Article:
2017 offers a very rare chance to see the original sketches of the ‘peace symbol’. Special Collections and the Trustees of the Commonweal Collection are lending them to a major exhibition at the IWM, People Power: Fighting for Peace.
Sketch of nuclear disarmament symbol,by Gerald Holtom. Copyright: Commonweal Collection.
Artist Gerald Holtom created the symbol in 1958 for the first Aldermaston March (organised by the Direct Action Committee); it was later adopted by the Campaign for Nuclear Disarmament and many other groups and campaigns working for peace, making it one of the most recognisable and powerful designs ever created. Holtom’s original sketches are very fragile and so can rarely be shown to the public. This exhibition is a wonderful opportunity for us to display them to great numbers of people for the first time.
People Power explores 100 years of anti-war campaigning in Britain through 300 objects: banners, posters, flyers, leaflets, paintings, letters … Many have never been exhibited before. In addition to the sketches, we are lending a pencil drawing of Peace Pledge Union founder Dick Sheppard by activist and artist Peggy Smith and a range of letters and ephemera relating to the anti-nuclear campaigns of the late 1950s and early 1960s.
People Power is on show at the IWM London, 23 March-28 August 2017. Find out more on the IWM’s website.
J.B. Priestley: Soldier, Writer, Painter.
Curated by the J.B. Priestley Society
Bradford Industrial Museum.
19 April – 17 August 2014
This summer we bring a unique opportunity to see some different sides to J.B. Priestley. You knew he was a writer (we hope). He was also a …
Aged just 19, “Jack” Priestley joined the British Army in September 1914. The next five years changed his life forever and that of his home city of Bradford. The Industrial Museum has a major exhibition about Bradford’s Home Front which our display complements. We are showing Jack’s letters home and the photographs and memorabilia that travelled with him for the next 50 years. He used them for inspiration when he drew together his experiences in the dream-like tour de force that is the middle section of his 1962 memoir Margin Released.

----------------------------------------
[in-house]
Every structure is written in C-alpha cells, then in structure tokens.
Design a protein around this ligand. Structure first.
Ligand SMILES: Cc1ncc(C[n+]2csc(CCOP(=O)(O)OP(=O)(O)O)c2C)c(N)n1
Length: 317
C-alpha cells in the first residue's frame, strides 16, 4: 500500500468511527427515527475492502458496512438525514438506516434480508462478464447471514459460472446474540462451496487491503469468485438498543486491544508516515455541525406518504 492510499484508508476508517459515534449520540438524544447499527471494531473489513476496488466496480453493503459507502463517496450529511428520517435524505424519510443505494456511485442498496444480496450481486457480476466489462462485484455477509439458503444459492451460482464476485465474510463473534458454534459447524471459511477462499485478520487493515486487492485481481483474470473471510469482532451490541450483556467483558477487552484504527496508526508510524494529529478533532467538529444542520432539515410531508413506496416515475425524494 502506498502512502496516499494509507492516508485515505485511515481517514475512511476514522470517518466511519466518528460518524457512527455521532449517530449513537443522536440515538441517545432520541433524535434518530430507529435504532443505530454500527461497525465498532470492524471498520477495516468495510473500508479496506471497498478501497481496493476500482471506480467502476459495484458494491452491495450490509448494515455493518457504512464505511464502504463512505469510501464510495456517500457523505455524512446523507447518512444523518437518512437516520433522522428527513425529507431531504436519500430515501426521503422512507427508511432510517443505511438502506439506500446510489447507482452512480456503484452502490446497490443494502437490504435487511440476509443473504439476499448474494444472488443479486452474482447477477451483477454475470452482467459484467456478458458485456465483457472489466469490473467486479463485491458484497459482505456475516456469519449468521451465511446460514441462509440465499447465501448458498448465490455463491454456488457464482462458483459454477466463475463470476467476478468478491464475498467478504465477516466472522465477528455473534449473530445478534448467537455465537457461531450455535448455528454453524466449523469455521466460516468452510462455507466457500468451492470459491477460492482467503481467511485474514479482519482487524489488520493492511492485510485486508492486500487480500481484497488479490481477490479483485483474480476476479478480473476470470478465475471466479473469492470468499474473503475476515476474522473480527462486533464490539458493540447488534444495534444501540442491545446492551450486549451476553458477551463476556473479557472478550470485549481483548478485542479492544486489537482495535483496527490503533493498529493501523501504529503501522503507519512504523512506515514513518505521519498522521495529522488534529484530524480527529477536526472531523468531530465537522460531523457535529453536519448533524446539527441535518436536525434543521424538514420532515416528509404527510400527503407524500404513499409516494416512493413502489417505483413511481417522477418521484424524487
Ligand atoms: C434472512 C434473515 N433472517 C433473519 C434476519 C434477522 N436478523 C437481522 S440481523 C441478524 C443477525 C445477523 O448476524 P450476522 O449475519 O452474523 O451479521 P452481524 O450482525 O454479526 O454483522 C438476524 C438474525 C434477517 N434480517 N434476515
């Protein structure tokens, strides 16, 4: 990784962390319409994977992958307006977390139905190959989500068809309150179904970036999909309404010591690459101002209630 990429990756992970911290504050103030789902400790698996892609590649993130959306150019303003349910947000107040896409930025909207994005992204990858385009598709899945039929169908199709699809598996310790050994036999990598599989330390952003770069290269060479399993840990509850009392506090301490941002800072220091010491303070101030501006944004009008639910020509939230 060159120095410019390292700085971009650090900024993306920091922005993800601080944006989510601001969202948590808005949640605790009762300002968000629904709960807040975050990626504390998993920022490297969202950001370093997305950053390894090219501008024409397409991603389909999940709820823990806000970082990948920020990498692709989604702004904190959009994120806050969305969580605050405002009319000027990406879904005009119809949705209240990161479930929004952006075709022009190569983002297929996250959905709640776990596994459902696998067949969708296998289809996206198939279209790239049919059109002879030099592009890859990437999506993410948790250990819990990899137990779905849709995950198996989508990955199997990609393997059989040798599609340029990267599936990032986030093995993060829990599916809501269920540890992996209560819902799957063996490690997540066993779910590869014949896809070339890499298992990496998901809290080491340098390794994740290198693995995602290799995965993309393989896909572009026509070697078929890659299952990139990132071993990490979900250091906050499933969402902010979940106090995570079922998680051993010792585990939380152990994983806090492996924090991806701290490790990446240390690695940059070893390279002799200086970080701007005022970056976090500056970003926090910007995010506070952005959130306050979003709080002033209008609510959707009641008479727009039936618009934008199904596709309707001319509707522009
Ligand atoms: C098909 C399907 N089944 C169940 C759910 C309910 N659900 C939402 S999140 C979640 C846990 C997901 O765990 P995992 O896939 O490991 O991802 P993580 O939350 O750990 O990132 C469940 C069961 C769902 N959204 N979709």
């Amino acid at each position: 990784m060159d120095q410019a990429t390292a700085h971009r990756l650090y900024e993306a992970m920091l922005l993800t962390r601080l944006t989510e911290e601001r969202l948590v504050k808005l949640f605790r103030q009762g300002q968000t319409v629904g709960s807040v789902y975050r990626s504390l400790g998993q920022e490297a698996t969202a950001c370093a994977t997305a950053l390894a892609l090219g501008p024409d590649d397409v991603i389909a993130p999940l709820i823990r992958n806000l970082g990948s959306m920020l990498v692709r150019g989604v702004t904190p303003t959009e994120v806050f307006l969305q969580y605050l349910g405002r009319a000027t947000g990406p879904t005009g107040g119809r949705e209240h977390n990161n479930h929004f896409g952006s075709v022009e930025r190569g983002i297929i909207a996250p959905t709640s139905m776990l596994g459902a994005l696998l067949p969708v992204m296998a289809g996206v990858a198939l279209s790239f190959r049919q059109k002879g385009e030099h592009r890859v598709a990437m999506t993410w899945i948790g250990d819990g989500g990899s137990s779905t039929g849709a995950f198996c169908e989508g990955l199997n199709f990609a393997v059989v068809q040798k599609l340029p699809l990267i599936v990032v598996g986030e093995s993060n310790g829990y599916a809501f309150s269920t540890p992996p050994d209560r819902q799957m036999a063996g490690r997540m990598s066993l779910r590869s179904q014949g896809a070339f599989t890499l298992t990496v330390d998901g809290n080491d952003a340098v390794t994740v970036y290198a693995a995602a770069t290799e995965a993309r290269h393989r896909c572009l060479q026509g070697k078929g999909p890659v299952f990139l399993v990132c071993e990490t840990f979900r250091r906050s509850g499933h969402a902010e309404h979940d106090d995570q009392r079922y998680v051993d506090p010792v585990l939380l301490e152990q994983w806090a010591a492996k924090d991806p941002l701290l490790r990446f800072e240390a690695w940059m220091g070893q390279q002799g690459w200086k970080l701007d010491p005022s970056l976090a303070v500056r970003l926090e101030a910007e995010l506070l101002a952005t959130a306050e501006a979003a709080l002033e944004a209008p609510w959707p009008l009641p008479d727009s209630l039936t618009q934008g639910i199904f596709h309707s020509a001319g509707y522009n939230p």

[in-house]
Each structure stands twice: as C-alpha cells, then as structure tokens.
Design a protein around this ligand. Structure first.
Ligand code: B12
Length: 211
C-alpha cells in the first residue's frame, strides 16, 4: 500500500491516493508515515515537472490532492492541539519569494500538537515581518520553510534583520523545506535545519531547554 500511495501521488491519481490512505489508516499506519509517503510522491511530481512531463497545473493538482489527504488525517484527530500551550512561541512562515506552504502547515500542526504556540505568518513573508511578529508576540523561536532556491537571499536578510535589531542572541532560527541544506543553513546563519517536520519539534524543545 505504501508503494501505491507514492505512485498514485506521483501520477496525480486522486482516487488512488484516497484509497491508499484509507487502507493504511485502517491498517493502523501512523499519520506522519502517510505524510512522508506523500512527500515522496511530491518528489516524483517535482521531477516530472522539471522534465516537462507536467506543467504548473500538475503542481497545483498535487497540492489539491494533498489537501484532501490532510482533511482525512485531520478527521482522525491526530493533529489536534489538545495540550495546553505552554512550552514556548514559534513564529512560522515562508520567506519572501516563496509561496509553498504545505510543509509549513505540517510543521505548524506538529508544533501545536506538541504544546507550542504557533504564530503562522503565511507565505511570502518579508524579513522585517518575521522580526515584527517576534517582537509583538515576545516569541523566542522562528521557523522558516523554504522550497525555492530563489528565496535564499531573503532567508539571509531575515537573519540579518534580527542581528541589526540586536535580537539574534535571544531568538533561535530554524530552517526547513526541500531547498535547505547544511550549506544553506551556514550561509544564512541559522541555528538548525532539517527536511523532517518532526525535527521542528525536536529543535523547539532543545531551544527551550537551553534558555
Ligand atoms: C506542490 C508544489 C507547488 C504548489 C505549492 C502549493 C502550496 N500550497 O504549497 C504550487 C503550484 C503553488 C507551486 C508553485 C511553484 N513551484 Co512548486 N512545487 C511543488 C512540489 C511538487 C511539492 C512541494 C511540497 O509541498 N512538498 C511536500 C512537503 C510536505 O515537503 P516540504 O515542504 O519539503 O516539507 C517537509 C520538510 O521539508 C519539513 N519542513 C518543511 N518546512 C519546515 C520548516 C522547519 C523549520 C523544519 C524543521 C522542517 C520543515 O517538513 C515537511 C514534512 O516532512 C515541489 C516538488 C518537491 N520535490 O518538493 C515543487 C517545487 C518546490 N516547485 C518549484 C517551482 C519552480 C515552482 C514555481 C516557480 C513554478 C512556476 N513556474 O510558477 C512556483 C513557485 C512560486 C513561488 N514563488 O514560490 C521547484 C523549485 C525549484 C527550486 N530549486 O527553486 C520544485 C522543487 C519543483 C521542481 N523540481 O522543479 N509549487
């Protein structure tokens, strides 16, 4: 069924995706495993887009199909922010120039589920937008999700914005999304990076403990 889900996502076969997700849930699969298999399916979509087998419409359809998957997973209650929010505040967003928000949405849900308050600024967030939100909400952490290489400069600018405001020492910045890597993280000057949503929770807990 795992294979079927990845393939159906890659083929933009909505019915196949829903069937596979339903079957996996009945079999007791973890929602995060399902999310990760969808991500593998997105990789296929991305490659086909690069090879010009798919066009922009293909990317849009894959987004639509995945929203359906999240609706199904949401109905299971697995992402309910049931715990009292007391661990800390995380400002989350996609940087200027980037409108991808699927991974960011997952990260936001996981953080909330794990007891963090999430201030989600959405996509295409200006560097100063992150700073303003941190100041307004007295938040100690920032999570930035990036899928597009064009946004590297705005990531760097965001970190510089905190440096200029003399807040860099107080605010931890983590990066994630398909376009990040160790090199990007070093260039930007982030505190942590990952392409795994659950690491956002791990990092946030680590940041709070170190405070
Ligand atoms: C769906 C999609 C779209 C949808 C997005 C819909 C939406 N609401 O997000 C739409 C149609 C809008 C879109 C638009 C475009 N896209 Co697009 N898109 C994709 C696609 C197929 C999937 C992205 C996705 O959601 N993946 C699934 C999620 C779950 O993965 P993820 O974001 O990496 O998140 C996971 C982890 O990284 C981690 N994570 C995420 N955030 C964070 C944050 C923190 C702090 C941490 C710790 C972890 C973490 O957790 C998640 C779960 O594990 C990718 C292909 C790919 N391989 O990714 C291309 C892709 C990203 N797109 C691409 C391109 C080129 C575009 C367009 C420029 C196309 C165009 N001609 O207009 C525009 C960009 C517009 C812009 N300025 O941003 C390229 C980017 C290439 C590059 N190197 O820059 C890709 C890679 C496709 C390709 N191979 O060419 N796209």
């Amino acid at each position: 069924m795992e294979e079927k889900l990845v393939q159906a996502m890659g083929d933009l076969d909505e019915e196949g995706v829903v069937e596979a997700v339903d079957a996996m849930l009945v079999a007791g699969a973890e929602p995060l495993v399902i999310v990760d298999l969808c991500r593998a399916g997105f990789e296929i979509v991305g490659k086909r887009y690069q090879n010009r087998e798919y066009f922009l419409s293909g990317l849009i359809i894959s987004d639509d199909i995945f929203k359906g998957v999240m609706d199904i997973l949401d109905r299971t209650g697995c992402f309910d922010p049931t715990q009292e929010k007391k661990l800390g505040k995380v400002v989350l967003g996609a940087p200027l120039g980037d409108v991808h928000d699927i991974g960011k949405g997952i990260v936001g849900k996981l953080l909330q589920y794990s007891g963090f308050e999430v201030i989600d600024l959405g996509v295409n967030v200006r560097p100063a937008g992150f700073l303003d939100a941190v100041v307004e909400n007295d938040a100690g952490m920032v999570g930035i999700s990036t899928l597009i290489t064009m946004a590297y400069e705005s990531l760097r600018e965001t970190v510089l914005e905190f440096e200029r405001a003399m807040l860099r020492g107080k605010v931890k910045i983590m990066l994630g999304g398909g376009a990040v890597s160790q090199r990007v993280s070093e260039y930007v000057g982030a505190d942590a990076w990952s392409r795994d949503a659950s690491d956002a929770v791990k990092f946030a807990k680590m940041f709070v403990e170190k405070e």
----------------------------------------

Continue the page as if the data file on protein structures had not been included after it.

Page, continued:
JB loved art and later in life took up painting as an enjoyable hobby. The J.B. Priestley Society have assembled 30 of his works for this show. These intriguing survivals illustrate the love of landscape that makes so many of his books unforgettable , his understanding of art, and his extensive travels. A few are still for sale, if you would like a unique bit of Priestleiana in your life.
The exhibition is free and open to all. You can find out more about opening times etc. on the Museum’s website.
Delighted to learn (thanks to one of our readers!) that Leeds City Museum recently bought a stunning collection of clothes which belonged to Mary Holden Illingworth, the daughter of Isaac Holden. There are many letters from Mary amongst our Holden Papers – I haven’t yet traced anything about her interest in fashion, but hoping to come across some reference to these gorgeous things. The star exhibit is a beautiful dress made by Charles Frederick Worth of Paris for Mary in 1881: I gather that it will be on show at Lotherton Hall from 2 March 2012 as part of an exhibition on Victorian style and design, The Victorian Look Book.
Rather belated notice of a recent success. The Yorkshire Rapid Response Network will receive £50K funding from the Heritage Lottery Fund. The RRN is a joint venture between 30 Yorkshire heritage organisations, including Special Collections at Bradford, for self-help and training in dealing with disasters (such as the floods which devastated parts of South Yorkshire in 2007). Here’s a press release with more detail.